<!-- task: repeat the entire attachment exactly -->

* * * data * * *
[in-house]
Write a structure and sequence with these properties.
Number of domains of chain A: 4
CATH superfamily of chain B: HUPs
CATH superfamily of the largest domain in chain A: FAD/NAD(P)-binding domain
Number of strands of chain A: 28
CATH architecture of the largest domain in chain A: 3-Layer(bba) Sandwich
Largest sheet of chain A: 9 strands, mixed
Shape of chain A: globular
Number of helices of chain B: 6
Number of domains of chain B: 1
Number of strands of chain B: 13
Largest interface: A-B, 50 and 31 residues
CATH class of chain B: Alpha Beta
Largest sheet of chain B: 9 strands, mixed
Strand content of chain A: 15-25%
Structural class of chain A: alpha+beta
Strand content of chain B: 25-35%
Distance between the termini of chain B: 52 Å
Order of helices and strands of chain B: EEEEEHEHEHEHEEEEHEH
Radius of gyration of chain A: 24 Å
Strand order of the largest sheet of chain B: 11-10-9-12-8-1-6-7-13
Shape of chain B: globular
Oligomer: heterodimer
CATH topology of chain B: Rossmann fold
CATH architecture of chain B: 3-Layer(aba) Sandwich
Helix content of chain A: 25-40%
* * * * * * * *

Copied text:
[in-house]
Write a structure and sequence with these properties.
Number of domains of chain A: 4
CATH superfamily of chain B: HUPs
CATH superfamily of the largest domain in chain A: FAD/NAD(P)-binding domain
Number of strands of chain A: 28
CATH architecture of the largest domain in chain A: 3-Layer(bba) Sandwich
Largest sheet of chain A: 9 strands, mixed
Shape of chain A: globular
Number of helices of chain B: 6
Number of domains of chain B: 1
Number of strands of chain B: 13
Largest interface: A-B, 50 and 31 residues
CATH class of chain B: Alpha Beta
Largest sheet of chain B: 9 strands, mixed
Strand content of chain A: 15-25%
Structural class of chain A: alpha+beta
Strand content of chain B: 25-35%
Distance between the termini of chain B: 52 Å
Order of helices and strands of chain B: EEEEEHEHEHEHEEEEHEH
Radius of gyration of chain A: 24 Å
Strand order of the largest sheet of chain B: 11-10-9-12-8-1-6-7-13
Shape of chain B: globular
Oligomer: heterodimer
CATH topology of chain B: Rossmann fold
CATH architecture of chain B: 3-Layer(aba) Sandwich
Helix content of chain A: 25-40%